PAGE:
If you are about to be started on any new medicine, remind your doctor and pharmacist that you are using CHEMISTS’ OWN DICLOFENAC.
Tell any other doctor, dentist or pharmacist who treats you that you are using CHEMISTS’ OWN DICLOFENAC.
Things you must not do
Do not take any of the following medicines while you are using CHEMISTS’ OWN DICLOFENAC without first telling your doctor:
- aspirin (also called ASA or acetylsalicylic acid)
- other salicylates
- other medicines containing diclofenac
- any other NSAID medicine
If you take these medicines together with CHEMISTS’ OWN DICLOFENAC, they may cause unwanted side effects.
If you need to take something for headache or fever, it is usually okay to take paracetamol. If you are not sure, your doctor or pharmacist can advise you.
Do not give this medicine to anyone else, even if their condition seems similar to yours.
Do not use it to treat any other complaints unless your doctor tells you to.
Things to be careful of
Be careful driving, operating machinery or doing jobs that require you to be alert until you know how CHEMISTS’ OWN DICLOFENAC affects you. This medicine may cause dizziness, drowsiness, spinning sensation (vertigo) or blurred vision in some people. If you have any of these symptoms, do not drive, use machines, or do anything else that could be dangerous.
Elderly patients should take the minimum number of tablets that provides relief of symptoms. Elderly patients may be more sensitive to the effects of CHEMISTS’ OWN DICLOFENAC than other adults.
Tell your doctor or pharmacist as soon as possible if you do not feel well while you are using CHEMISTS’ OWN DICLOFENAC.
All medicines can have side effects. Sometimes they are serious, most of the time they are not. You may need medical treatment if you get some of the side effects.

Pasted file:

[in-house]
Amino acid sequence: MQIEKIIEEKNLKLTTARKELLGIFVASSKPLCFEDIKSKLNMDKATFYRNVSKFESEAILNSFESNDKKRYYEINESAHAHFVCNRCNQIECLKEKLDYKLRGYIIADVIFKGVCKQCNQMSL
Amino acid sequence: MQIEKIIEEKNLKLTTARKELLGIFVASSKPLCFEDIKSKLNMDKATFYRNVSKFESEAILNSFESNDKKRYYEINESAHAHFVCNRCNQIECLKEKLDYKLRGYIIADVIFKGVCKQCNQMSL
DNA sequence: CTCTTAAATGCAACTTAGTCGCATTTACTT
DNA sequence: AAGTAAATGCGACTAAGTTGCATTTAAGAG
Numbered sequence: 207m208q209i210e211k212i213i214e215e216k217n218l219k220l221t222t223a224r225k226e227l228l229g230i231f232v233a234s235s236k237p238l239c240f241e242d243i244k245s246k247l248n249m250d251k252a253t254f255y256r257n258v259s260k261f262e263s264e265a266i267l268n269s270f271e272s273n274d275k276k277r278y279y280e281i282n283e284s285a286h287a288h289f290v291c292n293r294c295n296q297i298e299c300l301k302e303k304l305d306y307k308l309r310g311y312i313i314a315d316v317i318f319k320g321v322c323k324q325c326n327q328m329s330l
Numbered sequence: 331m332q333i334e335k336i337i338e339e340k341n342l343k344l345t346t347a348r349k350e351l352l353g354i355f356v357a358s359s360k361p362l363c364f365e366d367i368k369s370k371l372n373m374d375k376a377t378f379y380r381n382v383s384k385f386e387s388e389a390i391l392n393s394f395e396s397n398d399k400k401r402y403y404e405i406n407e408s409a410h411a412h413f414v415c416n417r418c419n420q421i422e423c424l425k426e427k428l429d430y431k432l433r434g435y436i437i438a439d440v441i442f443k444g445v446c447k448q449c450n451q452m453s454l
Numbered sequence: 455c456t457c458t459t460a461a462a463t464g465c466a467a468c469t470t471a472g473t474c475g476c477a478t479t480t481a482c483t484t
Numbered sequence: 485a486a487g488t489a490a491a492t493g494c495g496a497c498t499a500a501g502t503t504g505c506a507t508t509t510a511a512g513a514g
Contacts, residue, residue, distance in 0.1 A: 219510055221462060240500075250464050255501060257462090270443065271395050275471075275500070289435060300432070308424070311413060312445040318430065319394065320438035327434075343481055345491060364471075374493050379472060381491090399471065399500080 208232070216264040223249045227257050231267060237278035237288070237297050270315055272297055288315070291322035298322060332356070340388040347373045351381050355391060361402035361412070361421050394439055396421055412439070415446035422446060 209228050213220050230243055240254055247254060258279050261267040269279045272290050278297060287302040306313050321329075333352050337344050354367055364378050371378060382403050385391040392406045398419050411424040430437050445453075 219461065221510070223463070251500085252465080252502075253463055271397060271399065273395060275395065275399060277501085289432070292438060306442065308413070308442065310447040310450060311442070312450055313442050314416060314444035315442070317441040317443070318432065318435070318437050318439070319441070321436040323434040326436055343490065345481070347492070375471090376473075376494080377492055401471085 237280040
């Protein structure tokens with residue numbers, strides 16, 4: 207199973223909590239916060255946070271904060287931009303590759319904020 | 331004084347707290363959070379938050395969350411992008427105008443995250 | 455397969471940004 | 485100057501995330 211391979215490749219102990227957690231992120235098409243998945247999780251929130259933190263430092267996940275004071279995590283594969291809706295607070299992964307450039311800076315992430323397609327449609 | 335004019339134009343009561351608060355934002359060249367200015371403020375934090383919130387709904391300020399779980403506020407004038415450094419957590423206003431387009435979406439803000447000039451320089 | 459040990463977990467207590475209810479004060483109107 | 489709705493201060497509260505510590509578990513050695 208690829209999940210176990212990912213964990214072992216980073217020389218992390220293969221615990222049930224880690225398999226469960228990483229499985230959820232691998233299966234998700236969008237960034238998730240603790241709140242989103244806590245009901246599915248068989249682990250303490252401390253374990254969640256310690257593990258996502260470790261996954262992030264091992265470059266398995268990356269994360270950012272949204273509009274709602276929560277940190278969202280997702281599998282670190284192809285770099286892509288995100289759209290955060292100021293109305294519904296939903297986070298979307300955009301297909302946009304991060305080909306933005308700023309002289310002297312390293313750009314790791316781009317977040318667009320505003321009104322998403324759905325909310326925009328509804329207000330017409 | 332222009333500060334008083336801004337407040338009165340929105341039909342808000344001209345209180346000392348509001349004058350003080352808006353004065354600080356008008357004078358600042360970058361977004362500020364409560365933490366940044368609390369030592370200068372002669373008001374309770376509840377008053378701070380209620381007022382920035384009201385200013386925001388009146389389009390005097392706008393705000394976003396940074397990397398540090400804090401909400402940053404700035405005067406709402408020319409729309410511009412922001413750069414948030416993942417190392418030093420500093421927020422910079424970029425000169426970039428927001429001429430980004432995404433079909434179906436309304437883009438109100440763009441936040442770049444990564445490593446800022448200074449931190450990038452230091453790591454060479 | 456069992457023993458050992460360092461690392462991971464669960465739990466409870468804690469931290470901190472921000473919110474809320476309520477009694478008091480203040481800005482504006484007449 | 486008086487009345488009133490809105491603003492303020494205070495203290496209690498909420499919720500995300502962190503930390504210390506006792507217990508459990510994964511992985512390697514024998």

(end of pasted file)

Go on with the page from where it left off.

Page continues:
If you are over 65 years old, you should be especially careful while taking this medicine. Report any side effects promptly to your doctor. As people grow older, they are more likely to get side effects from medicines.
Do not be alarmed by these lists of possible side effects. You may not experience any of them.
Ask your doctor or pharmacist to answer any questions you may have.
Tell your doctor if you notice any of the following and they worry you:
- stomach upset including nausea (feeling sick), vomiting, indigestion, cramps, loss of appetite, wind
- heartburn or pain behind or below the breastbone (possible symptoms of an ulcer in the tube that carries food from the throat to the stomach)
- stomach or abdominal pain
- constipation, diarrhoea
- sore mouth or tongue
- altered taste sensation
- dizziness, spinning sensation
- drowsiness, disorientation, forgetfulness
- feeling depressed, anxious or irritable
- strange or disturbing thoughts or moods
- shakiness, sleeplessness, nightmares
- tingling or numbness of the hands or feet
- feeling of fast or irregular heart beat
- unusual weight gain or swelling of arms, hands, feet, ankles or legs due to fluid build-up
- symptoms of sunburn (such as redness, itching, swelling, blistering of the lips, eyes, mouth, and/or skin) that happen more quickly than normal
- skin inflammation with flaking or peeling
- vision disorders (e.g. blurred or double vision)
- buzzing or ringing in the ears, difficulty hearing
- hypertension (high blood pressure)
- hair loss or thinning
If any of the following signs appear, tell your doctor immediately or go to Accident and Emergency at your nearest hospital:
- red or purple skin (possible signs of blood vessel inflammation)